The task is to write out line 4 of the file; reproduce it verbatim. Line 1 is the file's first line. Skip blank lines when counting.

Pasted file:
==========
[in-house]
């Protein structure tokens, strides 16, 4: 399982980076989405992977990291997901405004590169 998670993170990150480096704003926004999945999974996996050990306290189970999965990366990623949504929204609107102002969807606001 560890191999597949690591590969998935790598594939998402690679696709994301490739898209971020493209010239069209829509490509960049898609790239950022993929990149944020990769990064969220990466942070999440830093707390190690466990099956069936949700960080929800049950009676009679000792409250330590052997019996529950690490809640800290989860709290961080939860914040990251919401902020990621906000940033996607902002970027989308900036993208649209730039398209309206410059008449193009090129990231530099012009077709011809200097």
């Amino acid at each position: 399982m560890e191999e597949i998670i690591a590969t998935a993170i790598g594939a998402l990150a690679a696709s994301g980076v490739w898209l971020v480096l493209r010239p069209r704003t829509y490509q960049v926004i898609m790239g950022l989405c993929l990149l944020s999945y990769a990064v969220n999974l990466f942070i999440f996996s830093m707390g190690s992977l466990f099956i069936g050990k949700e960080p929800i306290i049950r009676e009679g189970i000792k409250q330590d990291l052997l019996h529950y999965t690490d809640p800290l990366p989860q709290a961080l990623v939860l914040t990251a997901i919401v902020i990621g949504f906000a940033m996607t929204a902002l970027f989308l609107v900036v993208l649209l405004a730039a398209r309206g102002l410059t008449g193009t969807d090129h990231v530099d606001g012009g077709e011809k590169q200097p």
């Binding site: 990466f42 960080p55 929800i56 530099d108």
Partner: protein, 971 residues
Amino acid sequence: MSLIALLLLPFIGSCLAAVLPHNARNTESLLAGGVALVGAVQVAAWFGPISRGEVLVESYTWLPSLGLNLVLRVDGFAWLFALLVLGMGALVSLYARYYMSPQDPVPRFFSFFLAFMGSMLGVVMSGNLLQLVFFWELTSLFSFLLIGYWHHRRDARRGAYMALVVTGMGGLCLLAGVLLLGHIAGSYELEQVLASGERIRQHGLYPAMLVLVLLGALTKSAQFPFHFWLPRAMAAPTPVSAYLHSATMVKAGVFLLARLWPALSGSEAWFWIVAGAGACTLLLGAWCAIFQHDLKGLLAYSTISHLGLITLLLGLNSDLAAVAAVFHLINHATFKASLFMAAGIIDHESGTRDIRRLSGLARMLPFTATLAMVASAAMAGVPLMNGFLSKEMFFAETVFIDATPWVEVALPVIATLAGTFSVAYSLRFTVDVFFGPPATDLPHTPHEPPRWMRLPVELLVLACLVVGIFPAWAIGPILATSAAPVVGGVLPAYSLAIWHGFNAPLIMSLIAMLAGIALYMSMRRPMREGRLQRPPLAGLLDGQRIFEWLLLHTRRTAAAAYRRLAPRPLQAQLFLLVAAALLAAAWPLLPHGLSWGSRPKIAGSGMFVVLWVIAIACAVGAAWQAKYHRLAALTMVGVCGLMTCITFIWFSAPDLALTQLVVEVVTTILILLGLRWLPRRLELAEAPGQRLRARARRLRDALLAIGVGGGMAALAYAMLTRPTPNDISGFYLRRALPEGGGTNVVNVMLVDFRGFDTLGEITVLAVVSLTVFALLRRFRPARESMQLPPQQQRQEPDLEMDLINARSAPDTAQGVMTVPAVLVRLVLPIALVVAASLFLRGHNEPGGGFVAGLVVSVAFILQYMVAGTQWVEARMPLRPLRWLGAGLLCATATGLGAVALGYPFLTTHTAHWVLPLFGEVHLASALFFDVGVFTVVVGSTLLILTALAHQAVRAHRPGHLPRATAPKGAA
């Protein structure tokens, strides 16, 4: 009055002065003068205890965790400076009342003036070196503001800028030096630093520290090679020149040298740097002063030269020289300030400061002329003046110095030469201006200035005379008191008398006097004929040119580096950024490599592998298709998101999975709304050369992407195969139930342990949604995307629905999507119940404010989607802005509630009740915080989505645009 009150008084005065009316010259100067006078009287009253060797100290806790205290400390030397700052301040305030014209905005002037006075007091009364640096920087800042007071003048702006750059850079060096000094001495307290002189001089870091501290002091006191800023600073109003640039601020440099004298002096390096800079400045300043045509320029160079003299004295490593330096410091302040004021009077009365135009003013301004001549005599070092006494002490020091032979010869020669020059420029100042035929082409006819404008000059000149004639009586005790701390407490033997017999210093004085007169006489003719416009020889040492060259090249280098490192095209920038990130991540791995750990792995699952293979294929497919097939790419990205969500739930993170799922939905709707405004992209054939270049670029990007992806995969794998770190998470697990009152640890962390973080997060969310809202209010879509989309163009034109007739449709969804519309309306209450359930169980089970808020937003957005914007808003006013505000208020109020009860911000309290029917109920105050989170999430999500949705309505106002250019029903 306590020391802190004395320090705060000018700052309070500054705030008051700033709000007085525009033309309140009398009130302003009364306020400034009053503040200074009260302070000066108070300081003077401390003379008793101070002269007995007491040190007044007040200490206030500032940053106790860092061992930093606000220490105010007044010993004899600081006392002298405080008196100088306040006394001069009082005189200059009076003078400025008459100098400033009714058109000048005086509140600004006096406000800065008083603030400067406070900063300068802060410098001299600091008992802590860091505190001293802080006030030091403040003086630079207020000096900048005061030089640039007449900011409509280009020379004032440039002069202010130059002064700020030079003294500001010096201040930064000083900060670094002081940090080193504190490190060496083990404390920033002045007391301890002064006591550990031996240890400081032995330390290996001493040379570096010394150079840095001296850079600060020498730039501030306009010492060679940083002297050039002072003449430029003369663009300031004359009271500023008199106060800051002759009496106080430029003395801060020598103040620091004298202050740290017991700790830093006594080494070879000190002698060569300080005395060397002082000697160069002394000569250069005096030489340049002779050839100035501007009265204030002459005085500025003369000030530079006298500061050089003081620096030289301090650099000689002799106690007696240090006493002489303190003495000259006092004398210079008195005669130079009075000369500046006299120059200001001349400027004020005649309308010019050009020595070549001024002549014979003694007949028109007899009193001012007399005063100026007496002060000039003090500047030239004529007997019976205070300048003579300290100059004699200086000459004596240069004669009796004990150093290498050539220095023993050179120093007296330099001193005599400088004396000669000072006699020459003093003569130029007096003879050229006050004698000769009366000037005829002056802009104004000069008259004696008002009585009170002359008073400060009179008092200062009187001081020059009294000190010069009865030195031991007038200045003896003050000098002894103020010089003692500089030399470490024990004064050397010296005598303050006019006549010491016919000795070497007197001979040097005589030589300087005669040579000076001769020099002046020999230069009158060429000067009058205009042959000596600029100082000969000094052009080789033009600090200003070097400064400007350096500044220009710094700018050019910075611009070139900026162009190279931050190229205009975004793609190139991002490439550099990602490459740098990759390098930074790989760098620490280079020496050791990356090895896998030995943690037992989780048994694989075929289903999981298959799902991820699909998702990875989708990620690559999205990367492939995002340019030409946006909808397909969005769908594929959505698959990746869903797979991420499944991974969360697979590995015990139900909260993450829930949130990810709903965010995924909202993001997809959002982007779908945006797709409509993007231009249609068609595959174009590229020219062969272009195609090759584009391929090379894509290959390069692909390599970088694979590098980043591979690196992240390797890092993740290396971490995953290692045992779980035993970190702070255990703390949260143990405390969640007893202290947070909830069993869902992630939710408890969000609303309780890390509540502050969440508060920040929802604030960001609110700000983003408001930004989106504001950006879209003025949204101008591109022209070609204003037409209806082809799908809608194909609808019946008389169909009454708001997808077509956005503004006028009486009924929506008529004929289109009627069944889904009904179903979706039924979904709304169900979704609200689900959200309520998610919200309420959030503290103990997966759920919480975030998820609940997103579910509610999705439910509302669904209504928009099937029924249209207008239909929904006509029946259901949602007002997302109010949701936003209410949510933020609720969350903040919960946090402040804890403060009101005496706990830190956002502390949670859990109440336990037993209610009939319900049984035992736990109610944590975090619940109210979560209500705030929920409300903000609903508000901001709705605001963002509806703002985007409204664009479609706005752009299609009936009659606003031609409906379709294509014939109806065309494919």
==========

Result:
């Binding site: 990466f42 960080p55 929800i56 530099d108």